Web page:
Dispatching and scheduling--basic questions
ajax at nwnk.net
Wed Sep 17 09:05:03 PDT 2008
On Tue, 2008-09-16 at 22:56 +0300, Daniel Stone wrote:
> On Tue, Sep 16, 2008 at 03:01:55PM -0400, Adam Jackson wrote:
> > Well, okay, there's at least two tactics you could use here. We could
> > either go to aggressive threading like in MTX, but that's not a small
> > project and I think the ping-pong latency from bouncing the locks around
> > will offset any speed win from parallelising rendering. You can
> > mitigate some of that by trying to keep clients pinned to threads and
> > hope the kernel pins threads to cores, but atoms and root window
> > properties and cliplist manipulation will still knock all your locks
> > around... so you might improve fairness, but at the cost of best-case
> > latency.
> I suspect that on current Intel/AMD hardware, the lock cost is virtually
> zero (unless you have two threads noisily contending, with the worst
> case being that the individual requests take twice as long to return as
> previously, with the overall runtime being mostly unchanged -- but that
> can be mitigated by being smart about your threading). On ARM-type
> hardware, due to our puny cache, you'd have to be smart about keeping
> your locks on the same cacheline or two, since dcache misses come often
> and hurt a lot.
Lock cost on x86 is relatively cheap on one die. If you go off the die,
just pack it up and go home. Admittedly this is a scaling problem only
for things you do millions of per second, which is not true of
Still I don't like the complexity explosion.
> > Or, we keep some long-lived rendering threads in pixman, and chunk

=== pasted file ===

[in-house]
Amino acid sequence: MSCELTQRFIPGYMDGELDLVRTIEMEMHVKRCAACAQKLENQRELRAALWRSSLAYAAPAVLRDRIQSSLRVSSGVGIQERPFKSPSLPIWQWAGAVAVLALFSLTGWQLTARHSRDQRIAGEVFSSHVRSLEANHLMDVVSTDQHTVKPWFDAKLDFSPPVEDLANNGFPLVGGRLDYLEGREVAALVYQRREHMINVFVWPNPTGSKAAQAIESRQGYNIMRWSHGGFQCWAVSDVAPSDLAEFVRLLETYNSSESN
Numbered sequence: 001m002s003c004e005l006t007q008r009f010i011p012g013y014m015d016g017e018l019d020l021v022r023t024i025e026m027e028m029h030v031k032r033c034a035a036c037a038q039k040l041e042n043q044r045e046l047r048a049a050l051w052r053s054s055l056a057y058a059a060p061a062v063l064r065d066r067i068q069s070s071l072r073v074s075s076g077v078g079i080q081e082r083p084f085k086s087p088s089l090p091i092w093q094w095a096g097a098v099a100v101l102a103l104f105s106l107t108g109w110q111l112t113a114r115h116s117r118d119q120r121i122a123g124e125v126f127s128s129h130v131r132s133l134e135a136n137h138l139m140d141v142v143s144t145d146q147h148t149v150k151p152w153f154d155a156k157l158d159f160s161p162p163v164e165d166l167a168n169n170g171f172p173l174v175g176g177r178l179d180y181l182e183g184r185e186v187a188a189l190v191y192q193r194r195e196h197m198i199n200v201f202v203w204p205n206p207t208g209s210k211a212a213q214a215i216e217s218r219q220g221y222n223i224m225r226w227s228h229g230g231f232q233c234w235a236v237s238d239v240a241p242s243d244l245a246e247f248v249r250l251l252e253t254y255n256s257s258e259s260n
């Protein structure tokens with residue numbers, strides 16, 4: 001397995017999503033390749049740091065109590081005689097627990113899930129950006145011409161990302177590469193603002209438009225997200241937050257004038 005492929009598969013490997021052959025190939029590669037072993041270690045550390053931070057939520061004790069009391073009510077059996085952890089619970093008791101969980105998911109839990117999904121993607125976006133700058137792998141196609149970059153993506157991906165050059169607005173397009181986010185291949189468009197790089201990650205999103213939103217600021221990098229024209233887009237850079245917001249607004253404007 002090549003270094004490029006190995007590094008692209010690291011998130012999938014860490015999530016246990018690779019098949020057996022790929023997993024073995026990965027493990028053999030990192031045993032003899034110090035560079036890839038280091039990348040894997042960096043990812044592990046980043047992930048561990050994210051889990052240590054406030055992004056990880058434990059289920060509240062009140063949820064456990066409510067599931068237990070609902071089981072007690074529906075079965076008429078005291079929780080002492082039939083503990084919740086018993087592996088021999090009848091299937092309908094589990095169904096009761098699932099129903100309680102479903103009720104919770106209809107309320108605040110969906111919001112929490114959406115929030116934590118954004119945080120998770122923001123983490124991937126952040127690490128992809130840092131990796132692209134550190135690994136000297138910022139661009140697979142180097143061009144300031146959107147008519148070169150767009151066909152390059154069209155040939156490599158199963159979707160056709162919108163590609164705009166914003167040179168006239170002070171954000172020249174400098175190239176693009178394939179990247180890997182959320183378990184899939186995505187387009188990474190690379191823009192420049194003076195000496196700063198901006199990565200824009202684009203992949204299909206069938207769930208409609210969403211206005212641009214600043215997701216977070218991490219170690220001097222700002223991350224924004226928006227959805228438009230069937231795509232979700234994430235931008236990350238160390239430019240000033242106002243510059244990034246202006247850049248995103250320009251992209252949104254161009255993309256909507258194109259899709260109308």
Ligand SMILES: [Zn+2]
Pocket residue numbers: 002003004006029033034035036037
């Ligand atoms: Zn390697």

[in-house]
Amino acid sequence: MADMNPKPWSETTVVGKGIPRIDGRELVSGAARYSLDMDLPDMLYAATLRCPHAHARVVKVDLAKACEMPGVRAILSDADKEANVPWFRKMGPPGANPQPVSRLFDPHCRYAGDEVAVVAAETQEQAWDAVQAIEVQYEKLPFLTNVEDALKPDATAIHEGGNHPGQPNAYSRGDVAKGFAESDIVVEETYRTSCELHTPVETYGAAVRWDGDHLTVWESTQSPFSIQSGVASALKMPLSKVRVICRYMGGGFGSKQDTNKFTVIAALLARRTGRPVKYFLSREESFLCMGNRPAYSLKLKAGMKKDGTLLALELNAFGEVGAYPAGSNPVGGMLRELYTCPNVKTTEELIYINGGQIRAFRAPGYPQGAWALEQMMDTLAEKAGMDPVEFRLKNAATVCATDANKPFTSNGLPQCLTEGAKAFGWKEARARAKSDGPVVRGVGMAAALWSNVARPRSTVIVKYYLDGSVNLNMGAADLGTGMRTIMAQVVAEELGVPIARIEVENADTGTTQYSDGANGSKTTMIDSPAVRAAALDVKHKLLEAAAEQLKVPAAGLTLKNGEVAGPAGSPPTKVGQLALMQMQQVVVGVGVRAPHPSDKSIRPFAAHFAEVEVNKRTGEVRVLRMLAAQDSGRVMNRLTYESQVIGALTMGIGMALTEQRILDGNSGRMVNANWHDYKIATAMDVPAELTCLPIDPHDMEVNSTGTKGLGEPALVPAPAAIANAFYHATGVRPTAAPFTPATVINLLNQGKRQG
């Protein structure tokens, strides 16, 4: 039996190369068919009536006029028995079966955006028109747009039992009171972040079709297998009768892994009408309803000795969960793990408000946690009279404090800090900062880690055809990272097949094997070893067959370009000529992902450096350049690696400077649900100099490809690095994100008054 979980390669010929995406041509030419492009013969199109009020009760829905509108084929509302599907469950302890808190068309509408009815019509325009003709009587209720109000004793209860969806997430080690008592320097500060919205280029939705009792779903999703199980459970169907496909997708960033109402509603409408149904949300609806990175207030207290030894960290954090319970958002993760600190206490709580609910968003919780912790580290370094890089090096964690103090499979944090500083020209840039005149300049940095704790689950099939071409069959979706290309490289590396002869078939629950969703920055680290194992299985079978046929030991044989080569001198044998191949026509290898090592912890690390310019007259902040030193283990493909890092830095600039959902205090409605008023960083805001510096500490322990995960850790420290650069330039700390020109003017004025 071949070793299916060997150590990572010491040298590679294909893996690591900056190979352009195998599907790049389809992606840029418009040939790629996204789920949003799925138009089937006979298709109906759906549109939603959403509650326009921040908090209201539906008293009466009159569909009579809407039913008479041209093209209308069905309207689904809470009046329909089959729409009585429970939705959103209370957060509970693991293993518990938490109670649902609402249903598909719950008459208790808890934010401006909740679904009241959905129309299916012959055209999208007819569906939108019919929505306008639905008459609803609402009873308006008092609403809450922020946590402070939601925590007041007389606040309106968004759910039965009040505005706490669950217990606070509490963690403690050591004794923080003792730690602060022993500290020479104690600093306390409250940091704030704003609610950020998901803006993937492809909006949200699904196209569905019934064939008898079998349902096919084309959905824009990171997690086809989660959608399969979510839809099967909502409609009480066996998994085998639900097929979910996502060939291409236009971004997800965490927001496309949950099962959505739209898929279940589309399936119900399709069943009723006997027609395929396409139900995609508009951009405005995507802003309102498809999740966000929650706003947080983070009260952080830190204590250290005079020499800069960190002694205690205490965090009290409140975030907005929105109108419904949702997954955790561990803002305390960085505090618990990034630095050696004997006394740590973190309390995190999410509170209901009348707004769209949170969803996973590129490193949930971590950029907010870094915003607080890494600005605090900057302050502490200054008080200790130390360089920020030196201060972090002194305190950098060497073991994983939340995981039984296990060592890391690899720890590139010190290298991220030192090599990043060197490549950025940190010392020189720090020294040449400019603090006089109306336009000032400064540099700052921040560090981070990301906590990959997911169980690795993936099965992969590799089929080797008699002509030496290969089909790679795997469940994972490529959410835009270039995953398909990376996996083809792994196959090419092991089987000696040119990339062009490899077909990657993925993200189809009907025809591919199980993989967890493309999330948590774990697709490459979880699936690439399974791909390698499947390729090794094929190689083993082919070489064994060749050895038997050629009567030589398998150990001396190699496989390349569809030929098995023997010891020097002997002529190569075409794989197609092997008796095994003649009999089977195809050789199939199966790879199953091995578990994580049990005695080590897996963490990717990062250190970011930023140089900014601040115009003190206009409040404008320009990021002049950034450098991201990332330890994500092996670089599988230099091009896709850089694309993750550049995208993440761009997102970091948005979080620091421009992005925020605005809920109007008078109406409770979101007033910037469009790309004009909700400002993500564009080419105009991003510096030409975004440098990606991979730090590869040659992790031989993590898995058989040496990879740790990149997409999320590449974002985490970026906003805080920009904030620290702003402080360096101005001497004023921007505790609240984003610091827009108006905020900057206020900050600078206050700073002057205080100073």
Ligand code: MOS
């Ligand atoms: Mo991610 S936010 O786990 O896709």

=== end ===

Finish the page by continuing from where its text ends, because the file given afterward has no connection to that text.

> > rendering up at the last instant. I still contend that software
> > rendering is the only part of the server's life that should legitimately
> > take significant time. If we're going to thread to solve that problem,
> > then keep the complexity there, not up in dispatch.
> Mm, then you have a server with a very good overall best case, but still
> a pretty terrible overall worst case. What happens when an XGetImage
> requires a complete GPU sync (forget software rendering for a moment),
> which takes a while, then a copy? Bonus points if you have to stall to
> clean its MMU, too. Then you memcpy it into SHM and get that out to
> the client, but in the meantime, all your other clients waiting for
> trivial requests are doing just that: waiting.
GetImage isn't ever going to win from parallelising the get itself,
since you'll certainly be bus-limited, so: start a GI thread and/or post
a download DMA, put the client to sleep until it finishes, complete it
in ProcessWorkQueue(). If you're doing memcpy for the GetImage that
won't help _too_ much since you'll still have to stall the GPU (or at
least partial-flush rendering to the surface in question), but you're
positing a working GPU, use DMA already.
You do contend for memory bandwidth either way I suppose. Not much to
be done about that. Also there's an ordering issue: the GetImage has to
appear to complete atomically, which means if you're doing software GI,
you have to sleep any other client that touches that drawable until the
GI finishes. You could do that way up at the dispatch layer but wow you
just touched every operation. Hmm.
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